Let’s Talk Wash Trade Compliance

We’ve had a lot of discussion with customers about how compliance should implement a wash trade compliance.  Let’s start from the top:

Wash Trade Compliance

What is a Wash Trade?

Well, the CFTC defines a wash trade as: Entering into, or purporting to enter into, transactions to give the appearance that purchases and sales have been made, without incurring market risk or changing the trader’s market position. “   See also Aviv Handler Here

Let’s synthesize this into a compliance guiding principle:  Compliance should inquire into behavior that has the “appearance of trading but is not.”   While trading and wash trading look the same there is one key element that concretely distinguishes the two: market risk.  So, lets take a look at some common scenarios.

The BSSP:  BSSP stands for Buy-Sell Same Price. Buying and selling a product at the same price is naturally a  suspect trade. Why? What makes it suspicious is that one  cannot immediately tell whether it was exposed to market risk.  You see, when a trader executes a buy and sell at a different price, there is prime facia evidence that the trade was exposed to market risk: the price is different!  Not so when the trade is at the same price.  Thus, we have to dig deeper to tell if it is a wash.

  • BSSP Same Trader:  When the same trader does a BSSP the compliance officer has to establish that there was some form of market exposure.  What happened in between the buy and the sell?  Was the open and close within seconds? Was this a liquid or illiquid product?  Were there others posting bids and offers in the market? What I’m getting at is that if a trader bought in the AM and sold at the same price in the PM but there is no activity in the market …it could be prohibited activity.
  • BSSP Different Trader: This one is a little more difficult because what we are really concerned about here is collusion.  Yes, one of your traders bought in the morning and another sold in the afternoon at the same price.  There is plenty of activity in the market giving the appearance of market risk.  However, if the traders colluded, then there was never any market exposure.  Thus, for different traders some inquiry needs to be made on who the traders were, whether they have been in contact, and whether this has happened before.  For large entities this happens on occasion.  A trader in Houston buys and a trader in London sells at the same price.  They are never in contact and may even be in different groups.  But this fact simply needs to be documented.
  • BSSP FCM Wash Hustle:  An FCM wash hustle is a risky proposition that will almost certainly draw wash scrutiny.   In an FCM wash hustle a trader creates a Paired Order where a buy and sell at the same price are placed through different FCMs.  The difficult thing about FCM Wash Hustles is that they are extremely difficult to catch.  The reason for this is that a lot of traders are able to trade via FCM accounts as opposed to the trading firm’s account.  In other words what the market sees is FCM1 buying  vs FCM2 selling.   But at the end of the day when the trades are allocated back to the trading company we see it was all executed by one trader.   I could go on for days about how traders trading on FCM accounts is creating compliance headaches around the globe.  However from a compliance inquiry any BSSP done with one or more FCMs goes into the “highly suspicious activity.”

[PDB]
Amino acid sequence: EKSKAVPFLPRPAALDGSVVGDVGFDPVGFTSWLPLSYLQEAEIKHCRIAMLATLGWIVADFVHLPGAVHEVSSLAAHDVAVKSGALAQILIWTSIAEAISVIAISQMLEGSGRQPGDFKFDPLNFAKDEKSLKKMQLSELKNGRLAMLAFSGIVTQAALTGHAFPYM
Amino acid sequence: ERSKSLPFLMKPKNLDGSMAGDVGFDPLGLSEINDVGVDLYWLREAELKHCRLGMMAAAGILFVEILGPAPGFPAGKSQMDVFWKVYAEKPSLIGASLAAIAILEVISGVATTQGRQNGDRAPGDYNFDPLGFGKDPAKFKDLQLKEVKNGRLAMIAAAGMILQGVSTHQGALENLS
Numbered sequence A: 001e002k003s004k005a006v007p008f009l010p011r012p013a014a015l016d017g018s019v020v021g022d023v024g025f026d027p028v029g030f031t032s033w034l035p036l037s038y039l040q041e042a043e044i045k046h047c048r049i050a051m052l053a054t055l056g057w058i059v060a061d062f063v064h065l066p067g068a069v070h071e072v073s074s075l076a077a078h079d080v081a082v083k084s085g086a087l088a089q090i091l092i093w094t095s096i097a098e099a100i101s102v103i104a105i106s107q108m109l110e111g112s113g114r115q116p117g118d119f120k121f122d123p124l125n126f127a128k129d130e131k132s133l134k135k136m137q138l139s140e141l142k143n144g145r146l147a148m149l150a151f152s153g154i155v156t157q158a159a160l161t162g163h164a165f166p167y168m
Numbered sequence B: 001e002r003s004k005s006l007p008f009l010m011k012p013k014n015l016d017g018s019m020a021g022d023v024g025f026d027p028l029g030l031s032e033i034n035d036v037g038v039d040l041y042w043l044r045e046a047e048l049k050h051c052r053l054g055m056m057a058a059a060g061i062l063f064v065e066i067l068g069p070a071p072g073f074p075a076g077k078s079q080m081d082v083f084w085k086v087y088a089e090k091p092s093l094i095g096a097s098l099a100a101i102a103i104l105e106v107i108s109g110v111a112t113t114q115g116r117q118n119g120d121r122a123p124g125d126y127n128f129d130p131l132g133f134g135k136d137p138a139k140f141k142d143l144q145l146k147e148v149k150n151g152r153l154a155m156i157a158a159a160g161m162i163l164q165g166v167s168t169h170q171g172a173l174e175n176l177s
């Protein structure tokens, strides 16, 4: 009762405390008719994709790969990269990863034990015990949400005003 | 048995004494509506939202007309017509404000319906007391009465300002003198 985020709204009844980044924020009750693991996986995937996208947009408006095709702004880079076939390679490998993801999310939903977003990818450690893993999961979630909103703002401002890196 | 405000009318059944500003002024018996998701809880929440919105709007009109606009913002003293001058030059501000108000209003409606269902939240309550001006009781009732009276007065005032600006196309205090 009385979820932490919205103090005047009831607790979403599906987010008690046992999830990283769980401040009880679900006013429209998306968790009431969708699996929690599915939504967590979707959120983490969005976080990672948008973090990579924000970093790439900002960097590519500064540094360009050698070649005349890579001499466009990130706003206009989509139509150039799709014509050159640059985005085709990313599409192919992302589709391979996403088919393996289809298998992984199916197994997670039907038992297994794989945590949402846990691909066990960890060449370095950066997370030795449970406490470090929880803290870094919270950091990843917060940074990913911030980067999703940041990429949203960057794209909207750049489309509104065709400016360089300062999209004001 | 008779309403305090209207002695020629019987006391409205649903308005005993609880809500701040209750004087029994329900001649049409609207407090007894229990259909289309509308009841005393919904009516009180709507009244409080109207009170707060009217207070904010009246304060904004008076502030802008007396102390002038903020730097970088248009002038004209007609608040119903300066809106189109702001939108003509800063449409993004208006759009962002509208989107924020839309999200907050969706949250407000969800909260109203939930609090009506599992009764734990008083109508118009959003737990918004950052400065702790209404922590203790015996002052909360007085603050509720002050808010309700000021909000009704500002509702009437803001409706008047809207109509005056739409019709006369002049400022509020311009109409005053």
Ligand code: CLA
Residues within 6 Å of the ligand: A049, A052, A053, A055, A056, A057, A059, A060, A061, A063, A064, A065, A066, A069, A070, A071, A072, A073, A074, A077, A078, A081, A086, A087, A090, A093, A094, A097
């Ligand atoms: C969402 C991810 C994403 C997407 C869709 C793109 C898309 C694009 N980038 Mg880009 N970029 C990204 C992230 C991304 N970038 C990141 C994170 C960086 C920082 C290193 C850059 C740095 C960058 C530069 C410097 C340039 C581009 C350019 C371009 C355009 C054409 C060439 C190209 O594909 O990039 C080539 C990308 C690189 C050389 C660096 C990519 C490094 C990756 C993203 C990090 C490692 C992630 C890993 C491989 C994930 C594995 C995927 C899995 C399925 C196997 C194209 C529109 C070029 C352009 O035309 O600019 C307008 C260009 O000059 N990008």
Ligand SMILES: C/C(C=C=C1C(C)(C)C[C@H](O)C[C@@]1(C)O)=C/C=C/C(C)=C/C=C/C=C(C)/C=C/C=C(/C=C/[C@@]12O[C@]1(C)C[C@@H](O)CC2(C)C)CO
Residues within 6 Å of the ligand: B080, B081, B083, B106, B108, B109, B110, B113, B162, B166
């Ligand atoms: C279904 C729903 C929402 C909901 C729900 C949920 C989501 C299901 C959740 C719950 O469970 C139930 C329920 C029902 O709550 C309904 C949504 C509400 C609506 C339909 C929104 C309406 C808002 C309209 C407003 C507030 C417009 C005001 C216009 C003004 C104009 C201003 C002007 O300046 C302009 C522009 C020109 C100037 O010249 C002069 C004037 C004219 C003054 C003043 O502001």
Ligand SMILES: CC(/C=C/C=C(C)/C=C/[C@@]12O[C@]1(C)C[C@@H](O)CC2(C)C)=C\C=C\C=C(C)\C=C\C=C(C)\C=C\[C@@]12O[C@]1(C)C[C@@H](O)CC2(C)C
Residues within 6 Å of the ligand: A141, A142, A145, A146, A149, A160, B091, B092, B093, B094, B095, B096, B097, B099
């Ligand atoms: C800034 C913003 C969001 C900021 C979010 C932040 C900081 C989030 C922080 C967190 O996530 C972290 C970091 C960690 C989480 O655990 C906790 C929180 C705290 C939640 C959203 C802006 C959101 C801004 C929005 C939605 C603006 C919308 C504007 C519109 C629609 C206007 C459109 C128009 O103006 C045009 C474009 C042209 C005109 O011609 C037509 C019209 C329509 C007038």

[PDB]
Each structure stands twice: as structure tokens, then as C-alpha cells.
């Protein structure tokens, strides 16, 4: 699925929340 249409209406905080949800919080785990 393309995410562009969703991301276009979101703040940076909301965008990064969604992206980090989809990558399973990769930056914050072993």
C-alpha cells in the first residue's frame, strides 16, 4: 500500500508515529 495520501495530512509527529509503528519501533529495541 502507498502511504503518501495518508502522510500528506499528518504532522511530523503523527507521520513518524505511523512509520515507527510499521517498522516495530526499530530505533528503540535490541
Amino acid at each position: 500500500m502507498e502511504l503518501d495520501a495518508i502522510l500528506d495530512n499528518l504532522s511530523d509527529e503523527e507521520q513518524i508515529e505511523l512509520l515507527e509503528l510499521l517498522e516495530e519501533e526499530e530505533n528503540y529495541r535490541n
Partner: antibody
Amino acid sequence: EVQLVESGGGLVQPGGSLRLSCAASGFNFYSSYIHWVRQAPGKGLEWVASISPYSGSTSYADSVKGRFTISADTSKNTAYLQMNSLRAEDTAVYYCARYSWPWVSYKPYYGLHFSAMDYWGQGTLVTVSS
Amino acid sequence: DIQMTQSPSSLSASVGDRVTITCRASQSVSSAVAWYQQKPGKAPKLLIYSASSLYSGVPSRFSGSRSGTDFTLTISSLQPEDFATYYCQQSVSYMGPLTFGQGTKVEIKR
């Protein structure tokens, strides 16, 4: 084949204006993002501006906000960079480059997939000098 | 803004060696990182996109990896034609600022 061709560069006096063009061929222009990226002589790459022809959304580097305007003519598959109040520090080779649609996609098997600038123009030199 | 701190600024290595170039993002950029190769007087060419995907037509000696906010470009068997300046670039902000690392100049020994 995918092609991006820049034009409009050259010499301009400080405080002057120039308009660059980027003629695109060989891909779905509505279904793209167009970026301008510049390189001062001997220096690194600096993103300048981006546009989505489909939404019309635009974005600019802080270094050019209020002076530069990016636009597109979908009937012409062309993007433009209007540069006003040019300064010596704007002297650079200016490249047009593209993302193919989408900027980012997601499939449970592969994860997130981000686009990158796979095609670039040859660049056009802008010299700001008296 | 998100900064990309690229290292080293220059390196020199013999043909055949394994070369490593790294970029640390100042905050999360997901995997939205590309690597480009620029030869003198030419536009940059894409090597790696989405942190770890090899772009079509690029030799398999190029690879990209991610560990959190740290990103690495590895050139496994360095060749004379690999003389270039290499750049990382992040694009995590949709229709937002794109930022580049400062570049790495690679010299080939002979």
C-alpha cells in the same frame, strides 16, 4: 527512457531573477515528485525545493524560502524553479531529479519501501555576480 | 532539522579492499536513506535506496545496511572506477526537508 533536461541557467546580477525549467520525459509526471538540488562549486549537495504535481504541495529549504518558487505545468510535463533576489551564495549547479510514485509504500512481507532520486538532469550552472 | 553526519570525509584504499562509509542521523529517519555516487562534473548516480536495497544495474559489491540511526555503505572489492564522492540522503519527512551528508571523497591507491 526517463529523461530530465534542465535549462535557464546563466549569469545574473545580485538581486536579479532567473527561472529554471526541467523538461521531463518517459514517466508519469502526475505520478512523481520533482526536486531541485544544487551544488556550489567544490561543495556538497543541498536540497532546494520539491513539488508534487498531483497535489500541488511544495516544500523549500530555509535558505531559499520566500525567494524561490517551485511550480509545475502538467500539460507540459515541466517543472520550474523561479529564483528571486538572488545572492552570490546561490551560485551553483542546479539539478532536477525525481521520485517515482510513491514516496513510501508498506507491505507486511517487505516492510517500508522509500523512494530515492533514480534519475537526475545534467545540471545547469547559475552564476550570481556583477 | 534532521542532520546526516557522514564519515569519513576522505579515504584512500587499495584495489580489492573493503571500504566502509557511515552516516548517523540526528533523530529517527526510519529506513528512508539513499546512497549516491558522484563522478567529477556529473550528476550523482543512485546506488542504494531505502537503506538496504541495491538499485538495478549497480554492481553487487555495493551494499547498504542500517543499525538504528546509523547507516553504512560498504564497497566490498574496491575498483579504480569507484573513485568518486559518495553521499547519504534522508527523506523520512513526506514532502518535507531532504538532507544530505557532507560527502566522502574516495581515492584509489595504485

What You Can Do

  1. Configure exchange Self Trade Prevention.  Most exchanges have self trade prevention functionality like ICE’s STPF.  This allows you to prevent your firm from trading with itself.  Its worth spending some time on configuration, but goes a long way to preventing a lot of BSSP.
  2. Consider eliminating trading via FCM accounts.  Again, this is a fairly simple configuration issue.  If executing trades using an exchange’s booking platform, then ensure each trader user account is setup with the correct clearing accounts.  When using execution platforms such as TT, you must ensure the FCM has all traders executing deals using your clearing accounts and not the FCMs.
  3. Ensure your FCM clearing accounts are setup correctly.  Each clearing account with the FCM must be setup in the exchange’s systems (e.g. CME uses RAV) such that trades flow automatically via your firm’s FIX connection.
  4. Get an orders feed connection.  The orders feed provides real time insight to trader’s exchange activity. We are an approved vendor for most exchanges orders feed.
  5. Make sure your compliance suite is fit for purpose. Is it reliable? Does it cover all your trades no matter how they are executed?  We’re always happy to show our compliance suite for wash, spoof, limits etc. so please give us a call.
  6. Use a compliance issues tracking system.  Some companies have formal systems others we set up on JIRA.  Its $10 bucks a month per user (no affiliation to us). But it’s a nice system to open up an issue, record what compliance did in its investigation and close it.